The humble potato chip has since then been one of the world’s favourite form for munchies. Its popularity continues to grow because as you might have heard and probably also know from first-hand experience that – no one can eat just one!

You don’t have to feel guilty about cheating on your diet while eating potato chips. You can just as easily bake them in an oven tray instead of deep-frying them in oil. Then customize the seasonings to your specifications. My favorites are a hot peri-peri or a cool mix of dried mint and salt – depending upon my mood. What’s yours? Leave a comment below

Lessons from the past – La Tomatina

The next ingredient we are discussing in this ‘lessons from the past’ series is an indispensable ingredient in most kitchens of the world. Its origin and acceptance in the kitchen is surrounded by controversy. We are talking about plump juicy bright red tomatoes – read on and find out how these moved from being in an ornamental garden to your plate.

Tomatoes 1

Tomato trivia

Being considered a vegetable instead of a fruit is not the only misconception surrounding a tomato. This fruit is not new to controversy. It is odd that even though tomatoes were originally from America, they were not consumed there. Tomatoes were initially used as an ornamental plant, because of the pretty red berries on it. Tomatoes were not eaten because people thought they are poisonous. This belief arises from the fact that tomatoes belong to the nightshade family of plants, most of which are indeed venomous in nature. Tomatoes were initially called ‘wolf peach’ for the same reason. The strong nature of odours from the leaves and stems of this plant reinforced this belief. It wasn’t long before people realized that tomatoes are edible and can be used in several ways in the kitchen. By the early 1800’s tomatoes had become an integral part of food cultures all around the world. The popularity of tomatoes increased greatly after the discovery of the pizza and several other dishes from South Europe for which tomato was an essential ingredient. Tomatoes have ever since grown in popularity and are used in millions of recipes worldwide. They are now considered as one of the healthiest fruits – loaded with several beneficial vitamins and minerals that are anything but harmful for you. So go ahead and add several dimensions to your recipes with this great fruit.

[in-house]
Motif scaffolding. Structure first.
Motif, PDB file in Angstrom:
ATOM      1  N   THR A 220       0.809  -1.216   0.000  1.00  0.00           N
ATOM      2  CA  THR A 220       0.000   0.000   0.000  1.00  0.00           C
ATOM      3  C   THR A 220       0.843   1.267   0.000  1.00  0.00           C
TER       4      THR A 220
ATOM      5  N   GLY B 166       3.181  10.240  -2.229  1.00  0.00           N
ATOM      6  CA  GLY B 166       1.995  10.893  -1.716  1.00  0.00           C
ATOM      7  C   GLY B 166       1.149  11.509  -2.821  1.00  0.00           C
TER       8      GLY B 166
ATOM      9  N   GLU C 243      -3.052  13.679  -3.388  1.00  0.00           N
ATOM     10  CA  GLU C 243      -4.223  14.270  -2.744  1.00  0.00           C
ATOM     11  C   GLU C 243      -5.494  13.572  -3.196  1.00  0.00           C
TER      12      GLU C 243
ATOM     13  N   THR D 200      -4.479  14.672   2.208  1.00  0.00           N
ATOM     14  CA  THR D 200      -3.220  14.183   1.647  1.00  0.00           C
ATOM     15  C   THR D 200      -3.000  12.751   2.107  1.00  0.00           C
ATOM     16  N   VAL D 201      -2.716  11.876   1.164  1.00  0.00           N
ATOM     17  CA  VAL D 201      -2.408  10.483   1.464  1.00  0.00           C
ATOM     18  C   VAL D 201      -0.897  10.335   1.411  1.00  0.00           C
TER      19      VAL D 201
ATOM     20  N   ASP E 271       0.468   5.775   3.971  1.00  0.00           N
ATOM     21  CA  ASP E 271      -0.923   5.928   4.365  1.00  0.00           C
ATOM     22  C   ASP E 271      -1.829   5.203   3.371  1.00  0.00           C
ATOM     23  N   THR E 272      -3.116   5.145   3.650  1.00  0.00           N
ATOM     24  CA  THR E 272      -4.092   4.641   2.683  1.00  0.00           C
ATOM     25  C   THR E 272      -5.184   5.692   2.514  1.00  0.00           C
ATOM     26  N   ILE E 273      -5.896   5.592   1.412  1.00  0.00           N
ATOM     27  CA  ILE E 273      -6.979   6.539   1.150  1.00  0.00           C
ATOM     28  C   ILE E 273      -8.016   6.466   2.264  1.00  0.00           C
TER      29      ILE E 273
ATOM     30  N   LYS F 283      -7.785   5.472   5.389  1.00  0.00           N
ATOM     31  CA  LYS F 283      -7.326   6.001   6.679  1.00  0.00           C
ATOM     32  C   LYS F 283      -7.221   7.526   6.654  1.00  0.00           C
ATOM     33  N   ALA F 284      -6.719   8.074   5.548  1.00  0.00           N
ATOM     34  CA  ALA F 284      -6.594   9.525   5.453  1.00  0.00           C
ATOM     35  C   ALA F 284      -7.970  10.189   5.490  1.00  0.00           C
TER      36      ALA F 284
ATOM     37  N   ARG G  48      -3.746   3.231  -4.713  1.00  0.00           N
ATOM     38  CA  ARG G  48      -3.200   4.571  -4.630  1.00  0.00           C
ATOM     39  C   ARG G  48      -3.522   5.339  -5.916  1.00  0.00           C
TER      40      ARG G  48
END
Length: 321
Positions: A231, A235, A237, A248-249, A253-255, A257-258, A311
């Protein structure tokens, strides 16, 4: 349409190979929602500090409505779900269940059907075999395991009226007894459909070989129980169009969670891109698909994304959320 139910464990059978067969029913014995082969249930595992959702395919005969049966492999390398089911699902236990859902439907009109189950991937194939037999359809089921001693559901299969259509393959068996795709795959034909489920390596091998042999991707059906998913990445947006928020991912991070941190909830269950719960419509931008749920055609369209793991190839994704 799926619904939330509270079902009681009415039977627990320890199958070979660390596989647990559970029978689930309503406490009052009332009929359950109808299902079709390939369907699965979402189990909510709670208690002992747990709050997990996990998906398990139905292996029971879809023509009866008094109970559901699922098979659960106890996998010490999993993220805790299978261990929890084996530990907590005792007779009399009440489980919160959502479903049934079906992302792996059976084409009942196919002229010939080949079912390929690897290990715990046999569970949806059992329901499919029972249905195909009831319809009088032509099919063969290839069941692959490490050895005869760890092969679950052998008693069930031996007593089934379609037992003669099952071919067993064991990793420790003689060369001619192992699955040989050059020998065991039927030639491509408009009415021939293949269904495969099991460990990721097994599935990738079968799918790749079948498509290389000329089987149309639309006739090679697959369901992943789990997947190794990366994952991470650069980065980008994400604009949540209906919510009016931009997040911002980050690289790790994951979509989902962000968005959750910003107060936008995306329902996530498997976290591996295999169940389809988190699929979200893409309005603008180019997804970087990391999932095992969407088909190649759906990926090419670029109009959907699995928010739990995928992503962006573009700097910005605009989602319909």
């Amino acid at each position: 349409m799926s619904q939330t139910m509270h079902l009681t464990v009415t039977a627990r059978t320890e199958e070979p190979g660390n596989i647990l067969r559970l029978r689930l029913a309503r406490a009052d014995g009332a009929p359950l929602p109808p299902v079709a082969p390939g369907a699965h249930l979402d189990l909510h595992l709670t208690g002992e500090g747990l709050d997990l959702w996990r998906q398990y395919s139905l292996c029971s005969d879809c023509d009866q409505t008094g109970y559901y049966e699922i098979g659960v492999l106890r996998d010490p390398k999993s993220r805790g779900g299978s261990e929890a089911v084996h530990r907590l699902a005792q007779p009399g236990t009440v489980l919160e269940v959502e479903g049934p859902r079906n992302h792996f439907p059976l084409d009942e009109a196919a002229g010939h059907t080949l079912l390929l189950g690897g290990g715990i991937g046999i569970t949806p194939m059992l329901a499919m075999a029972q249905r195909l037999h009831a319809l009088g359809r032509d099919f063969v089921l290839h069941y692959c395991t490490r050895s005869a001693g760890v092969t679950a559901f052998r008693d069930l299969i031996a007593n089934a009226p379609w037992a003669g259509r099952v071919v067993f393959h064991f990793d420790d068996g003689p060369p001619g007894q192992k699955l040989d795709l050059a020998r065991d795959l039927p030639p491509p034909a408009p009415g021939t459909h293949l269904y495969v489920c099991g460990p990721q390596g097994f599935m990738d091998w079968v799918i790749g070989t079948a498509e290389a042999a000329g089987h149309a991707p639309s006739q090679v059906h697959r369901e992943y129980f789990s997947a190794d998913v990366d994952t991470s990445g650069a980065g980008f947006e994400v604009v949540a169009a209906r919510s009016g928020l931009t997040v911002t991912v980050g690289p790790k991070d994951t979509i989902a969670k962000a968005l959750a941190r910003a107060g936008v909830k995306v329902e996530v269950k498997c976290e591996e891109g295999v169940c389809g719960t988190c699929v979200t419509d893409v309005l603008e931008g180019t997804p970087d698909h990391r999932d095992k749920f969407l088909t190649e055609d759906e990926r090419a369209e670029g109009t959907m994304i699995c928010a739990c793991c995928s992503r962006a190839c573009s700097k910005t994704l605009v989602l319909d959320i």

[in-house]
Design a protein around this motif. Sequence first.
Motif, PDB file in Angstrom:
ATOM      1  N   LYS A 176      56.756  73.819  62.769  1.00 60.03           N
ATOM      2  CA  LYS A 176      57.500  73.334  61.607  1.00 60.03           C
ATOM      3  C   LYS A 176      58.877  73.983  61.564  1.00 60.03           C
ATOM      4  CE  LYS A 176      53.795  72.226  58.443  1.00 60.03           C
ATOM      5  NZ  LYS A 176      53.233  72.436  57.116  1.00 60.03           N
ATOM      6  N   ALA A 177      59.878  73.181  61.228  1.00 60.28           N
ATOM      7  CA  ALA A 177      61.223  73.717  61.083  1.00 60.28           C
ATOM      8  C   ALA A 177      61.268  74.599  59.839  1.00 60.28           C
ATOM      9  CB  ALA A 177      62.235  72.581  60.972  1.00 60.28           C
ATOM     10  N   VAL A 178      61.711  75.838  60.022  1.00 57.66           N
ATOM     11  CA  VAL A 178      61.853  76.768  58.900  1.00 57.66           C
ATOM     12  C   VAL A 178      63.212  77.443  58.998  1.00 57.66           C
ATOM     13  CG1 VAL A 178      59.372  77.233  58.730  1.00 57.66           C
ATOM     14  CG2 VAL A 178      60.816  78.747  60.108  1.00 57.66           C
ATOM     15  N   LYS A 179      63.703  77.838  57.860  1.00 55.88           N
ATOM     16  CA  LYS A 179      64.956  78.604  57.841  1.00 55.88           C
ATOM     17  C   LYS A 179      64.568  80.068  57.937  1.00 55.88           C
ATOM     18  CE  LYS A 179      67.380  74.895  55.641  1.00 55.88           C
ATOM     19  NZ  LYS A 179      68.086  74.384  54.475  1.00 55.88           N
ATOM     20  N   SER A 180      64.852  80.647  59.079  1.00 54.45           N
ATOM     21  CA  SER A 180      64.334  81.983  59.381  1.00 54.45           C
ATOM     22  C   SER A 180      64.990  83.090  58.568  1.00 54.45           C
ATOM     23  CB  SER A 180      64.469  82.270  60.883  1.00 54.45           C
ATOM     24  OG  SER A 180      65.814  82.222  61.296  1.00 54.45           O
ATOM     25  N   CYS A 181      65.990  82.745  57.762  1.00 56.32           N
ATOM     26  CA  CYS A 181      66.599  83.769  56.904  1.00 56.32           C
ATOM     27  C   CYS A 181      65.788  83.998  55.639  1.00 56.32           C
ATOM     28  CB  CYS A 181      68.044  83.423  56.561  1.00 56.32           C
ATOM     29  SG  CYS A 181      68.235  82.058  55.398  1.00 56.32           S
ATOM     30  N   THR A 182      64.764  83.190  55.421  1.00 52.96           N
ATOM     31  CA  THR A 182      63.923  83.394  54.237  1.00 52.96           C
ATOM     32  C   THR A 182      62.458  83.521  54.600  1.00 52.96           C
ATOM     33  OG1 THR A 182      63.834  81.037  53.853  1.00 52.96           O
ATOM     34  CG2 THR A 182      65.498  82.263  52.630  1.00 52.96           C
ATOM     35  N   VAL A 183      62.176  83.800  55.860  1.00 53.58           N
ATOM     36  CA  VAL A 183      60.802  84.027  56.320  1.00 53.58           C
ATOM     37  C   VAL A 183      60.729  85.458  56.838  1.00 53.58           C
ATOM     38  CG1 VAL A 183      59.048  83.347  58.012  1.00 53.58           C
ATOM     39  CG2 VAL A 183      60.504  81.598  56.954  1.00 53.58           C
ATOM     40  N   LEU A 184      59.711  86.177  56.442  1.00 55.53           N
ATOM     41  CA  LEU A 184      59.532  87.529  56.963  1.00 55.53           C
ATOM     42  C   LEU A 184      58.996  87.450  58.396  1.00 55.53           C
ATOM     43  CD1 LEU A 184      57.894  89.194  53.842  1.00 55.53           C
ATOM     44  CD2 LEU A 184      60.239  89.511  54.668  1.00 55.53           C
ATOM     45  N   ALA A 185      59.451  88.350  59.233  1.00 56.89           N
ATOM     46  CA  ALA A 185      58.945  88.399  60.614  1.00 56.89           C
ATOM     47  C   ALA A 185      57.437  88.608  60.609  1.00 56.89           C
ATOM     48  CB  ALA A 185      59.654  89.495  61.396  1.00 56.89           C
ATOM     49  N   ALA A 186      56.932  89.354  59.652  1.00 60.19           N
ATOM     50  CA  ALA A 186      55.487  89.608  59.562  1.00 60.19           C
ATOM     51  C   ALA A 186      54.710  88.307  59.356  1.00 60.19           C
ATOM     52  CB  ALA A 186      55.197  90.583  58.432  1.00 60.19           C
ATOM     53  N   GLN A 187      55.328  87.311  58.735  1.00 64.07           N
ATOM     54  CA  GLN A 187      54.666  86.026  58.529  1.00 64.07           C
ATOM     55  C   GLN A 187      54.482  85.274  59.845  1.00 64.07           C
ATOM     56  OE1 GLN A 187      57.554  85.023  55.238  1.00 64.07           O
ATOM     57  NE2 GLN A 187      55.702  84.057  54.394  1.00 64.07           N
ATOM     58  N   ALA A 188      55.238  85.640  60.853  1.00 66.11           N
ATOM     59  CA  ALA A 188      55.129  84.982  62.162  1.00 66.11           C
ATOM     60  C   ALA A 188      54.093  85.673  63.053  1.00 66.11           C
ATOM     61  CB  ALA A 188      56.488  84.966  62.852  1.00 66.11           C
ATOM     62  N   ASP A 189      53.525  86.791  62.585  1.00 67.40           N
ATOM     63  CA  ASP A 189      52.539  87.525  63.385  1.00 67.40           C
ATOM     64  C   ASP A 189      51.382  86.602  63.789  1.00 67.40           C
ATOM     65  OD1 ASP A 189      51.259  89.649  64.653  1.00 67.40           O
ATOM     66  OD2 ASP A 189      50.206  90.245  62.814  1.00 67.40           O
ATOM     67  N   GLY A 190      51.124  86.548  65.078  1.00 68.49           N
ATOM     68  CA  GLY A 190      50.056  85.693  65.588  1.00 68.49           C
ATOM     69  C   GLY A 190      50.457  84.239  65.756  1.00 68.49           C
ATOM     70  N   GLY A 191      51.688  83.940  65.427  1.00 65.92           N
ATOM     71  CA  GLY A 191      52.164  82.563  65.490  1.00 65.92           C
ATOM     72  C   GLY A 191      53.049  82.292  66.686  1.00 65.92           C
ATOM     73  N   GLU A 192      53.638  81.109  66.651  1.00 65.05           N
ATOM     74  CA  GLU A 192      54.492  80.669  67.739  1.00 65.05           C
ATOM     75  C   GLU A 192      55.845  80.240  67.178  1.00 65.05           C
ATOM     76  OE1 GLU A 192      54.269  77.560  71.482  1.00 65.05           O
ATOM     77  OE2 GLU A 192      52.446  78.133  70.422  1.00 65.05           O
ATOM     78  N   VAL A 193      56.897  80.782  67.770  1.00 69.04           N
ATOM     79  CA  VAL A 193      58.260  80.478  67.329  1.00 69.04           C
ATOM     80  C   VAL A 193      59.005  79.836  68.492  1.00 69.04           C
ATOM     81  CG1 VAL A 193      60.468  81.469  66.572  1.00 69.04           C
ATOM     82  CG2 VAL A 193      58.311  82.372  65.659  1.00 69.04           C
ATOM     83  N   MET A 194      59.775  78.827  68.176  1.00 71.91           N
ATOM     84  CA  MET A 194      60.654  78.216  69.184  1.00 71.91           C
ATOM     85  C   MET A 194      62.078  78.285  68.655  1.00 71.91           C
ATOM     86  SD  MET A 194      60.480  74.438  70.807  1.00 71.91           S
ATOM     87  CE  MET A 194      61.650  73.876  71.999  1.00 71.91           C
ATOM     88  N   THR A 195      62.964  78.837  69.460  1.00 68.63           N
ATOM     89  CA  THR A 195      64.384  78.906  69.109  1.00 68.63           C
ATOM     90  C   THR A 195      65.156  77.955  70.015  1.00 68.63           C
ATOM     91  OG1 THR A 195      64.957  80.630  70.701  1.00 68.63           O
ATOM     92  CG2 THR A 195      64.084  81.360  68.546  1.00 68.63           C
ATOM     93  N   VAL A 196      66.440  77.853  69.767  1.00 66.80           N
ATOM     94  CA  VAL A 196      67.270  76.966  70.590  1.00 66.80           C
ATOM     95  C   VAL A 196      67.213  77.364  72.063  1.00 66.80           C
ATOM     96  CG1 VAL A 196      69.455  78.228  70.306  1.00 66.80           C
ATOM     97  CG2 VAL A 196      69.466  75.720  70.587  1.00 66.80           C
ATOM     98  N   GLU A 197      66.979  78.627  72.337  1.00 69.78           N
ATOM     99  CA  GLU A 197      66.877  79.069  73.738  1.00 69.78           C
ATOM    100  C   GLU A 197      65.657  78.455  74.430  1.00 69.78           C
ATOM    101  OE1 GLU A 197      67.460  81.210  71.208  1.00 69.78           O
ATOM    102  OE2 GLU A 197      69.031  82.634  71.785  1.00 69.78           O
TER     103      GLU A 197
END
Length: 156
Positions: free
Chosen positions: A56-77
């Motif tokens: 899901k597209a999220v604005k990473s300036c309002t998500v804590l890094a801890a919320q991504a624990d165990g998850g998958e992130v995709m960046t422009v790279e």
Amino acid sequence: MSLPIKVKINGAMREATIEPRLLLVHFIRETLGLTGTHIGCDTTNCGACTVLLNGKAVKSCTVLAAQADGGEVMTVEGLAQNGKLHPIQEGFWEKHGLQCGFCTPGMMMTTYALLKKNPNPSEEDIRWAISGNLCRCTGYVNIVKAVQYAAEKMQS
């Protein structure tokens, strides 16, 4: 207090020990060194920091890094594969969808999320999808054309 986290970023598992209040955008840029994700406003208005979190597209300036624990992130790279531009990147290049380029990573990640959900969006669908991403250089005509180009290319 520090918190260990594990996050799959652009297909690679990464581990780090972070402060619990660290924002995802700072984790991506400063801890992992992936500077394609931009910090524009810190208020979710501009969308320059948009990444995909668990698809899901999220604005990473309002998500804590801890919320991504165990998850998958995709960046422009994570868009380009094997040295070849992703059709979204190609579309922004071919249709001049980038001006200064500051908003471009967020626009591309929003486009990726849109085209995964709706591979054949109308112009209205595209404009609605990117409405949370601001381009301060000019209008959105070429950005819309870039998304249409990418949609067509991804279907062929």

Chef Kapoor’s Tip: Choose the smaller, flat, thin-skinned tomatoes for making sauces. They will not only give better quality sauce, even the flavour will be better and there will be less residue after straining the puree. You can freeze leftover tomato puree in ice cube trays and use it as and when required.

Sugar Free – 5 most frequently asked questions

Are you one of those who are super health conscious or calorie counting with every morsel or need to keep a check on your cholesterol levels? If yes, then Sugar Free products are the one-stop solution for you. Presenting some FAQ’s that’ll help you get to know the product better.

SFN Carton 100 Sachets Sikkim

  1. Is sugar Free meant only for diabetics or can it be consumed by people without blood sugar issues too?

While Sugar Free products are ideal for diabetics, they can also be consumed by people who suffer from health risks such as obesity and high cholesterol levels. The range of products is also apt for those who want to watch their weight, control calorie intake and stay fit in general. However, it is advised to avoid using sugar free for kids.